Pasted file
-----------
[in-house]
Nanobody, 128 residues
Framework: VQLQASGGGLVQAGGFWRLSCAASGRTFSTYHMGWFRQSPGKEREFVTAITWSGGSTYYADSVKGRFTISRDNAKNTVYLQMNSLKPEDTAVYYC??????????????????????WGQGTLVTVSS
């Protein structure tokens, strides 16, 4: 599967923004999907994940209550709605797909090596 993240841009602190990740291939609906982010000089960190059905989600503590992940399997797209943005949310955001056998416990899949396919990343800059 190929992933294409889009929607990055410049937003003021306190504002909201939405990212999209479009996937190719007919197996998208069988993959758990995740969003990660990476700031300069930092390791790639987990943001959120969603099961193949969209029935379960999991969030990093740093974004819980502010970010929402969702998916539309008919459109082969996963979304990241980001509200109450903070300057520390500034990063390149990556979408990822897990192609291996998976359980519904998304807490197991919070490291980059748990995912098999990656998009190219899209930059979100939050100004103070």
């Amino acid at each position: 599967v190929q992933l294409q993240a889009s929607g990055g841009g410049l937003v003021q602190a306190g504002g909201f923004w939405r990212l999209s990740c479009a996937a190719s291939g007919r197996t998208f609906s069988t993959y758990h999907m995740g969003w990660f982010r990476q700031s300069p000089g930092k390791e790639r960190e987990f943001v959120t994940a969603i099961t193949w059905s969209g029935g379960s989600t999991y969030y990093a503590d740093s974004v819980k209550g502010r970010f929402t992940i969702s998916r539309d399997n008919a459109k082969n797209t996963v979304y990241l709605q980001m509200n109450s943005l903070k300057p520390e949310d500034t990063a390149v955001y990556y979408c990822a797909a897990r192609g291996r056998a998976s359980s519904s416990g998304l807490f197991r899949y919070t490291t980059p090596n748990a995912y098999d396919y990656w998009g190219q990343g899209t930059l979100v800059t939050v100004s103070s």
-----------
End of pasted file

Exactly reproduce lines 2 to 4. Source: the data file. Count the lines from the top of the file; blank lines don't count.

Nanobody, 128 residues
Framework: VQLQASGGGLVQAGGFWRLSCAASGRTFSTYHMGWFRQSPGKEREFVTAITWSGGSTYYADSVKGRFTISRDNAKNTVYLQMNSLKPEDTAVYYC??????????????????????WGQGTLVTVSS
């Protein structure tokens, strides 16, 4: 599967923004999907994940209550709605797909090596 993240841009602190990740291939609906982010000089960190059905989600503590992940399997797209943005949310955001056998416990899949396919990343800059 190929992933294409889009929607990055410049937003003021306190504002909201939405990212999209479009996937190719007919197996998208069988993959758990995740969003990660990476700031300069930092390791790639987990943001959120969603099961193949969209029935379960999991969030990093740093974004819980502010970010929402969702998916539309008919459109082969996963979304990241980001509200109450903070300057520390500034990063390149990556979408990822897990192609291996998976359980519904998304807490197991919070490291980059748990995912098999990656998009190219899209930059979100939050100004103070």